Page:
Friday, April 29, 2016

'Y' is for 'Y2K'



    The letter 'Y' presents a challenge when it comes to the
"Hmm, that might be why
it's called a 'challenge.'"
A-Z Challenge.  There really aren't an overabundance of words which begin with that particular letter.  Well, beyond 'yak.' Likewise with the letter 'X.'  Thankfully, I'll always have Xerxes.


    Last year I wrote a 'Yellow Snow' haiku starring our favorite numbskull, Joe Biden.  In 2013 (I took 2014 off), I penned a more "educational" (well, for this place, anyway) post when I described how the practice of all those ribbon magnets on cars originated in Yellow Ribbon.  You can click on the link, if you wish (once again, who really does that?).

    If you don't click on it, here's a hint.  It has to do with....

Tony Orlando
And Dawn
    This time around, I thought of once again going for something educational (like I said, for this place, anyway).  Maybe why the animal "yak" has nothing to do with the technicolor yawn "yack."
As funny as that would be
"Frankly, I resent the association."
    But, when I experienced a problem with my computer (i.e., not plugging it in), I was reminded of a huge information technology crisis which happened over sixteen years ago.

    Cue nostalgic waterfall effects....

    Let's return to a time when Bill Clinton was still president, mad
"Not everybody.  Sheesh."
cow disease caused everyone to be terrified to buy hamburgers, and Bruce Jenner didn't have boobies.


    A time when people began to worry that civilization as we knew it would end as we staggered into the new millennium (which, as anyone who watched Seinfeld knew, wouldn't start until the year 2001).

    Yes, the year 2000 (nobody ever just referred to it as just "2000") threatened to bring the world's computer systems to its knees.  Because, when computers were first designed (sometime after World War II.  Or later.  Or earlier. I could find out, but screw it.  Let's just say before most of us were born), the whiz kids who gave us these boons of modern living failed to realize that, eventually, years would begin with "20" instead of "19."

"Meh.  Don't sweat it.
We'll probably be dead by then, anyway."
    So, they blithely adopted a two digit, rather than four, timing convention.  I guessed they figured anything more was "so 21st Century."  By the time 2000 rolled around, they reasoned, computers would be as obsolete as horse drawn carriages and music videos on MTV.  Or sex robots would be invented and nobody would care anyway.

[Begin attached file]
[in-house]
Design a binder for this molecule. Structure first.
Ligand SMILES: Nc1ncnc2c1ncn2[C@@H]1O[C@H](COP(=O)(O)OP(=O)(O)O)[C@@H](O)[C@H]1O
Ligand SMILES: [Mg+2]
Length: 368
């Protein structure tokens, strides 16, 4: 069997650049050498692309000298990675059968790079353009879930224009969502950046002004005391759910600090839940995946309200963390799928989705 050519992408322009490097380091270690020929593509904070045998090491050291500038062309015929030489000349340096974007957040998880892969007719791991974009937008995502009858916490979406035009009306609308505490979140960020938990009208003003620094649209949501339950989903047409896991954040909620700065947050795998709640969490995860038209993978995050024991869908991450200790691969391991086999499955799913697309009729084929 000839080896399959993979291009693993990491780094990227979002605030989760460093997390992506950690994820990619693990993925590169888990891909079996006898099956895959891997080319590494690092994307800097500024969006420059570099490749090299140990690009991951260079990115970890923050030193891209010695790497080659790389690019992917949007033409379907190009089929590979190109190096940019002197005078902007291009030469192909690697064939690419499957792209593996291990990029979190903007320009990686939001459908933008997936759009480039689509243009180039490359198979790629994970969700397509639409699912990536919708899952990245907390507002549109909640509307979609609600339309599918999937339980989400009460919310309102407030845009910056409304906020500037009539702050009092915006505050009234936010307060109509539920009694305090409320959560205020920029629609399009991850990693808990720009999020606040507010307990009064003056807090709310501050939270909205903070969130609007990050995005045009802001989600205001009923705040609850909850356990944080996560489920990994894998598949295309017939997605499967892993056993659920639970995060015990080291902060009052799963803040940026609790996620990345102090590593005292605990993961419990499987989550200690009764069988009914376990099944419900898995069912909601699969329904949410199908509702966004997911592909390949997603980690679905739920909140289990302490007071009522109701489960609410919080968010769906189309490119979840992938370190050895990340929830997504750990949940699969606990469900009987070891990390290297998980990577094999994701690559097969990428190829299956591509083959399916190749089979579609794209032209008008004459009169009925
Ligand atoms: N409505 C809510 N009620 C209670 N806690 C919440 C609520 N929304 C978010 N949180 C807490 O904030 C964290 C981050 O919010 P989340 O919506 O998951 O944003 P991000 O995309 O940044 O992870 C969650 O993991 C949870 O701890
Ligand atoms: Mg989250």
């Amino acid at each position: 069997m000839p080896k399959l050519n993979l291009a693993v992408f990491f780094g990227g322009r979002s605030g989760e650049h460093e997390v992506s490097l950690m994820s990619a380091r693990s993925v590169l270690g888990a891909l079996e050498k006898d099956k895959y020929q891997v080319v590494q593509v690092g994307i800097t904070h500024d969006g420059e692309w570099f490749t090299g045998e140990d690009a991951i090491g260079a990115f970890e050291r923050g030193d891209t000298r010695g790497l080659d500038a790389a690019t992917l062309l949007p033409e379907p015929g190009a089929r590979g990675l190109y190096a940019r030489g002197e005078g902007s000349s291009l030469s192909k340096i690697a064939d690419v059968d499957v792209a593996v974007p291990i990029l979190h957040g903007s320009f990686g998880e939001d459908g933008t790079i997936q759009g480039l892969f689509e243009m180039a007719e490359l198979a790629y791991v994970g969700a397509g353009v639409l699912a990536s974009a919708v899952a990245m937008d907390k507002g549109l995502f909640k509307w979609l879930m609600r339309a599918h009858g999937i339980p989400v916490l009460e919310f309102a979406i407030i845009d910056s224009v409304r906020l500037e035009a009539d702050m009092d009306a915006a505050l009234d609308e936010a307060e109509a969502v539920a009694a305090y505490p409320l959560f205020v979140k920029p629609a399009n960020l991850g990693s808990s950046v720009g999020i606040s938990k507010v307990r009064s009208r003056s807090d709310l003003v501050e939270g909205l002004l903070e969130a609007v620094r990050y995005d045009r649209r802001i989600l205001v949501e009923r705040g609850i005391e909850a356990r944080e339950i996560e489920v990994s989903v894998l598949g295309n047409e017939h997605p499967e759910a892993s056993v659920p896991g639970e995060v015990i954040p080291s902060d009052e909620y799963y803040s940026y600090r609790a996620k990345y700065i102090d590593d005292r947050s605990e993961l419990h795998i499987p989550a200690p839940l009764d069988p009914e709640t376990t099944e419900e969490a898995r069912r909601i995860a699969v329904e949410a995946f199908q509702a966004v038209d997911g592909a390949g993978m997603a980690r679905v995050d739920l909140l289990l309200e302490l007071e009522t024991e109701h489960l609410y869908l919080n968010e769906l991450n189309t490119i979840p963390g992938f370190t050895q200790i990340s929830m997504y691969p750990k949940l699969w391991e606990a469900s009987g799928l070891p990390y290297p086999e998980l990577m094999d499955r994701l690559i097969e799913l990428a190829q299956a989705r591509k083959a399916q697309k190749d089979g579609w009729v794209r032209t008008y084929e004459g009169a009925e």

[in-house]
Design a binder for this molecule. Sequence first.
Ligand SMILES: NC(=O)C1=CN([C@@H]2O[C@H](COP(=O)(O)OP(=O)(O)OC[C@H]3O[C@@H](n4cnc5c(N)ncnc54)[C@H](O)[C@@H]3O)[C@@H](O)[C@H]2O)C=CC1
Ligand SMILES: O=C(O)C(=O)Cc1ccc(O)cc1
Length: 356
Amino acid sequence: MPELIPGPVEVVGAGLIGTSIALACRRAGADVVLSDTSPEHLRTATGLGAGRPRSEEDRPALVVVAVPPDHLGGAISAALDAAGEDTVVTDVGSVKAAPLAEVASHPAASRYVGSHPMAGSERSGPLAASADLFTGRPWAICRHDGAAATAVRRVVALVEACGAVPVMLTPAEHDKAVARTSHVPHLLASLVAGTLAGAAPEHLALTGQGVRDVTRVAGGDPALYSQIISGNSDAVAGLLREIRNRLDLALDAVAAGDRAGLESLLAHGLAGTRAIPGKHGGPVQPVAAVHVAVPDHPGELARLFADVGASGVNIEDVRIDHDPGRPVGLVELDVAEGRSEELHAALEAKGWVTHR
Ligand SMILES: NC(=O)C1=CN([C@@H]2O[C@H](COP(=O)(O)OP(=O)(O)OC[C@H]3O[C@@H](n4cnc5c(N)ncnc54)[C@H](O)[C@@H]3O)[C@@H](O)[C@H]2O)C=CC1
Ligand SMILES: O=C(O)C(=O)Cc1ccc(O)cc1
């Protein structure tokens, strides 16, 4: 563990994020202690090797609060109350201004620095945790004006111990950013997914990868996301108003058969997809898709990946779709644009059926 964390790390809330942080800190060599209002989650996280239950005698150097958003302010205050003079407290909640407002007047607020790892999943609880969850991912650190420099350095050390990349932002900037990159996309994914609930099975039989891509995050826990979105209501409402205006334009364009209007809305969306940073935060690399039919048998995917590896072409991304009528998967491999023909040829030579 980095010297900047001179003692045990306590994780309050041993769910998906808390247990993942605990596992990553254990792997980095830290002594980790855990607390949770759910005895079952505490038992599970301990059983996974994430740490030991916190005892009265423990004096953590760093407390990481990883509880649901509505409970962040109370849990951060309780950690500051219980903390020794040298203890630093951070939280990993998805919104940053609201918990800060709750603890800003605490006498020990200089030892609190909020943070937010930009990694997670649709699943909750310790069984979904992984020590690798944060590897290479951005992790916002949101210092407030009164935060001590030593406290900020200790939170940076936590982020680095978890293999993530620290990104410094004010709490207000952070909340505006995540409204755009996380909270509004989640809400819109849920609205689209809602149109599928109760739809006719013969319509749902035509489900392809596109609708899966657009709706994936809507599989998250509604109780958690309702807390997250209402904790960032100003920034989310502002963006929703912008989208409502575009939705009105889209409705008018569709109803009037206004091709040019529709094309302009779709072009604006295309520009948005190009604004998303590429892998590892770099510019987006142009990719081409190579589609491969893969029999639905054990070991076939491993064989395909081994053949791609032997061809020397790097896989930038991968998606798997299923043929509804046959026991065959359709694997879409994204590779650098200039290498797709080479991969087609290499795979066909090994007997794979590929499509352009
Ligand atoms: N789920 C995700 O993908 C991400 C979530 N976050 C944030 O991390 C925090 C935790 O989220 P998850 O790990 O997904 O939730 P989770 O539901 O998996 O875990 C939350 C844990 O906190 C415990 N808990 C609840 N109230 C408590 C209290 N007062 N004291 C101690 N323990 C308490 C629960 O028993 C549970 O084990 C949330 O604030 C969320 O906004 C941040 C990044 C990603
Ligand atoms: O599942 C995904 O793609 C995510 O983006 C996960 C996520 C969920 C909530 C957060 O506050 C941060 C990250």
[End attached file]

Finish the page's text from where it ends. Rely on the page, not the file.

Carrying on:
Well, wouldn't you know it, they were wrong (yeah, I'm as
"You should see what I can do on this thing."
amazed at you that science got something wrong).  


    Computers, instead of being obsolete, had an even greater stranglehold on society.

    

        If something wasn't done about what came to be known as the 
"As if that would be a problem.  Pussy English."
"Millennium Bug Problem" (I gave up reminding people that the millennium didn't start until 2001) or, simply, Y2K, civilization as we knew would cease to exist.  Planes would fall out of the sky, nuclear power plants would explode, and George W. Bush would be president.  


    Essentially, we'd return to a 1900 lifestyle.  

      A global effort began to solve this potential disaster. 
"Is everyone's computer Y2K complaint?"
"You're shittin' us, right?"

     Legions of nerds and millions of dollars were marshalled to thwart Armageddon.  As I was in the Navy at the time and used computers for a substantial part of my job (to say nothing of cutlasses, grog, and parrots), I needed to ensure my systems were "Y2K Compliant."

Seriously, people sit down
and think about this stuff?
    Complicating matters was the fact that the Year 2000 also took "Gregorian Calendar Scholars" (and you thought "Shoe Salesman" sounded sexy) completely by surprise.  

    Apparently, 2000 was a Leap Year, after all.  To normal people, this probably is obvious.  But, it seems that there is a rule:  "If a year is divisible by 100 it is NOT a Leap Year.  But, if a year is divisible by 400, it is a Leap Year."





"10...9...35...3...potato...5..."
Okay, this may be in poor taste